The World Health Organization has found that North America and the Caribbean have the highest rates of childhood diabetes in the world and based on the International Diabetes Federation’s Diabetes Atlas we also have the second highest prevalence of Diabetes overall for all global regions at 14 percent or 51 million people with a projected 24 percent increase in just 22 years.
Barbados, the United States, Canada, Haiti, Mexico, Belize and St. Kitts and Nevis are all suffering from incredibly high rates of diabetes.
Barbados and The Bahamas announced sugar taxes last month; the hope is to reduce the importation and sale of sugar and salt rich foods.
Advocates across the Caribbean including Jamaica, Trinidad, and others have been campaigning for sugar taxes in their own countries with support from the public.
Now the proposed nutritional rules for the United States would set firm boundaries on how much salt and sugar can legally be added to meals, setting a new standard as most food imports for countries like The Bahamas are from the US.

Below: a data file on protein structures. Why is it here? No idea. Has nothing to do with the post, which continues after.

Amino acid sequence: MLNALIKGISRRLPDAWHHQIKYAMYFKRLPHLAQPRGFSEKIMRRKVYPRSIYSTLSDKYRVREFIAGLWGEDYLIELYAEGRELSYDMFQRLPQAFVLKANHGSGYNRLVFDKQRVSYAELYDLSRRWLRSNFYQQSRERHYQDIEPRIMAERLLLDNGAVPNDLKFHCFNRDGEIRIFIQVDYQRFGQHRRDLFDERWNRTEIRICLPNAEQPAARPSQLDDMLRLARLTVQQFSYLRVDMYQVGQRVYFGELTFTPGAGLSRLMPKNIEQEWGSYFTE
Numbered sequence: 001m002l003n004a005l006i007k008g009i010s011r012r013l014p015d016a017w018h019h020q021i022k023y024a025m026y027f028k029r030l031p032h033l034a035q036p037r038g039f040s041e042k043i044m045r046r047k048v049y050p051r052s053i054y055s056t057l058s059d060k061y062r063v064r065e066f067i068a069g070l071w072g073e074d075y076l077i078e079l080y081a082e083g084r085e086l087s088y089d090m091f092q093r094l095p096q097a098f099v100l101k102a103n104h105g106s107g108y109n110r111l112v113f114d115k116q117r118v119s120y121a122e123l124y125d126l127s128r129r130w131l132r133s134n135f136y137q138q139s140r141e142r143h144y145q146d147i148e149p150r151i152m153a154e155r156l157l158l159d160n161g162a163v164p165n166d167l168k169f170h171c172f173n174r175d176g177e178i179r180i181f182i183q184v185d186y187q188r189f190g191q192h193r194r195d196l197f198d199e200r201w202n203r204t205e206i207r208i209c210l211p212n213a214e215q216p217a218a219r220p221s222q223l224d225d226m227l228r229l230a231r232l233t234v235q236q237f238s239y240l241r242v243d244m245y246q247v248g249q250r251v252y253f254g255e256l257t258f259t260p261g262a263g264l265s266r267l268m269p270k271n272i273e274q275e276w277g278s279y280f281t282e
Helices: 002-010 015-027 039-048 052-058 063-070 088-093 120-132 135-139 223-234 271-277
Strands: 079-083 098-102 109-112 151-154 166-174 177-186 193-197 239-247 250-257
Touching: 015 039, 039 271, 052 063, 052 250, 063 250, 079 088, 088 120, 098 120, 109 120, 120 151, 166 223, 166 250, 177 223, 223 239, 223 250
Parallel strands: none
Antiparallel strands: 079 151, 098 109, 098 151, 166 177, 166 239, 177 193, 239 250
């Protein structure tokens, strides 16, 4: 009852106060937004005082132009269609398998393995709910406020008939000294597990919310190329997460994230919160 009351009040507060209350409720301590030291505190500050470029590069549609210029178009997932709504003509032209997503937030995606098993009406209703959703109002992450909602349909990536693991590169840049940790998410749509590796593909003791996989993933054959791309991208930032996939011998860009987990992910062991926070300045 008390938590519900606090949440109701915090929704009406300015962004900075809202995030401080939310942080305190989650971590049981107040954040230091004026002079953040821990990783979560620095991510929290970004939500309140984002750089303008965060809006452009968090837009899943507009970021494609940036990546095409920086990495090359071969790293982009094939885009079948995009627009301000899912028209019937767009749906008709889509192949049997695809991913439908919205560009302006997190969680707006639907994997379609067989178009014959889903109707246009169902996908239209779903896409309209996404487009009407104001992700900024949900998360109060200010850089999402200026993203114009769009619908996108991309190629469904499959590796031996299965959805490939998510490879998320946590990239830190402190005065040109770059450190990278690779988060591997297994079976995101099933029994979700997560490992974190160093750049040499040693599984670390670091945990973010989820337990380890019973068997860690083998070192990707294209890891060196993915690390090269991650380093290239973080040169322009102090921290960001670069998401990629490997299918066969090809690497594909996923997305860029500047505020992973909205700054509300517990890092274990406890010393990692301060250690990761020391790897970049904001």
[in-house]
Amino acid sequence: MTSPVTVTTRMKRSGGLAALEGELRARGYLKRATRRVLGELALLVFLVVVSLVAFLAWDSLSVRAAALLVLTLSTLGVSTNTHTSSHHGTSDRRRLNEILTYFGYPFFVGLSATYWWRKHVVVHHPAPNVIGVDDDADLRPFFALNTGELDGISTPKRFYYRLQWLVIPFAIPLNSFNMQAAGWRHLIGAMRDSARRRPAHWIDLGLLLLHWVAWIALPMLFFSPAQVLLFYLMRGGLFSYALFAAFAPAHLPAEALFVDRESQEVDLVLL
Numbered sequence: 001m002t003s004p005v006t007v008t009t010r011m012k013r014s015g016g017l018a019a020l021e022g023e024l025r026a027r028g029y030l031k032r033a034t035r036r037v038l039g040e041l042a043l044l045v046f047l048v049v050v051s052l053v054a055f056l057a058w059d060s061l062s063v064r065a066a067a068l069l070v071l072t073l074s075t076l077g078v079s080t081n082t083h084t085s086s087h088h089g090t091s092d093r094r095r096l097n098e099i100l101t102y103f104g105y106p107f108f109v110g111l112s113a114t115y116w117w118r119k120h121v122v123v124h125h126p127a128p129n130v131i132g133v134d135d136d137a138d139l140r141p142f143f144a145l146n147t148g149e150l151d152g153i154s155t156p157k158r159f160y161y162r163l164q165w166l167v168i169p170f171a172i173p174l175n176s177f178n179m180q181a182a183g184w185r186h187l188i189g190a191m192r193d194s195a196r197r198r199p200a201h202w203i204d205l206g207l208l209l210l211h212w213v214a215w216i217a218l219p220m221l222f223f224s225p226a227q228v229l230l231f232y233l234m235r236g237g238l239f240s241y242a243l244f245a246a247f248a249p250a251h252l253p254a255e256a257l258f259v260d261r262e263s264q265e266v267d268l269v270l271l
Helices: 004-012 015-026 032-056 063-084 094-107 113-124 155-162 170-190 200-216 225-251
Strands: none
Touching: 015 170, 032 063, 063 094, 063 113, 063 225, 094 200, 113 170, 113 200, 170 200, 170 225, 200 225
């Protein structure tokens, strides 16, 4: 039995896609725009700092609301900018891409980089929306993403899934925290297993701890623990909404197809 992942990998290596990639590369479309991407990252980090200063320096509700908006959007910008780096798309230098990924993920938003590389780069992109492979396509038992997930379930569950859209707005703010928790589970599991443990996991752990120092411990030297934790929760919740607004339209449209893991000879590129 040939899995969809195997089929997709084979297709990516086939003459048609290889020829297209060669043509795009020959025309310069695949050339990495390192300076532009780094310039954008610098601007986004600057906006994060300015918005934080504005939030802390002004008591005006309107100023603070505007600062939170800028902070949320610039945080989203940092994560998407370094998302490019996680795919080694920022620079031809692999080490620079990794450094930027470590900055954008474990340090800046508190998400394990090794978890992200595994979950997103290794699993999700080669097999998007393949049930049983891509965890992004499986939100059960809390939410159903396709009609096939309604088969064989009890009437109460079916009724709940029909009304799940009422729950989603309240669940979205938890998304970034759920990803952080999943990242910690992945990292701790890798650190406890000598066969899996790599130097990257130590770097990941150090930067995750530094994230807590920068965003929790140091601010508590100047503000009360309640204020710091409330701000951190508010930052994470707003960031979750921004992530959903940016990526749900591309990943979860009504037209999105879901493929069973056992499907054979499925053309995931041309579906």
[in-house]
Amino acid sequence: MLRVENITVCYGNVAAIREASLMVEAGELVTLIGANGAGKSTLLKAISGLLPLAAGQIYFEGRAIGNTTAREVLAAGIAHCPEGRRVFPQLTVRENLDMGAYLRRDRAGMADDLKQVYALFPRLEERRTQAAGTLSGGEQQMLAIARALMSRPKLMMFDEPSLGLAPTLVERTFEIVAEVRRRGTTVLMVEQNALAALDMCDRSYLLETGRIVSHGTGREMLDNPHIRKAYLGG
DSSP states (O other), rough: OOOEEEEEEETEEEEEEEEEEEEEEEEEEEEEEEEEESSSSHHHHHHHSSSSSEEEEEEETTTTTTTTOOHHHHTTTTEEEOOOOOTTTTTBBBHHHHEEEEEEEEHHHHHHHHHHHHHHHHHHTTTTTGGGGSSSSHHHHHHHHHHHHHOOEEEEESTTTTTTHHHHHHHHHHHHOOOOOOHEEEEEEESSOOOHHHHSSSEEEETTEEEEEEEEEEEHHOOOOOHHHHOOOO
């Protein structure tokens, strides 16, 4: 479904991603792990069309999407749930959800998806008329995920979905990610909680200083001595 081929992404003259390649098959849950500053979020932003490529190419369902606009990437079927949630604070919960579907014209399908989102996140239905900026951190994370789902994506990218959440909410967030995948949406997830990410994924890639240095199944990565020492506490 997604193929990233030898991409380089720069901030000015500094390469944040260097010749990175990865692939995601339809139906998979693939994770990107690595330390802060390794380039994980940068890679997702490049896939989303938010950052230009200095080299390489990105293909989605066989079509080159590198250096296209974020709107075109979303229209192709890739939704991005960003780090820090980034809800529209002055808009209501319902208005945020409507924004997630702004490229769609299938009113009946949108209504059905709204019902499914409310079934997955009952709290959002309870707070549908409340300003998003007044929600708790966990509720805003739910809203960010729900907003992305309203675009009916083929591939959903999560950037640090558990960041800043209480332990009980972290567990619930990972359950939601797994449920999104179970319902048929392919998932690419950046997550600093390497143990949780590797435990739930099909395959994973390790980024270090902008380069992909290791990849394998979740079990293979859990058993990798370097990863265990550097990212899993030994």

The plan for the US is expected to be rolled out by 2025.
The rules, are unapologetically an attempt to cut down incidences of diabetes and other diseases fueled by unhealthy diets, according to media reports.
For now, the quantities on sugar and salt additives is an idea waiting wider consultation.
TCI Office in Bahamas identified
By Dana Malcolm
#TurksandCaicos, February 7, 2023 – An office space has already been identified for an all-new TCI Immigration office in The Bahamas according to Arlington Musgrove, Minister of Immigration and Border Services.
Musgrove told Magnetic Media that the ministry was “almost there” in regard to securing the space; it indicates the Government is moving full speed ahead with plans for the passing of the new Immigration Bill which will allow third-generation TC Islanders citizenship, even as the public awaits consultations on it.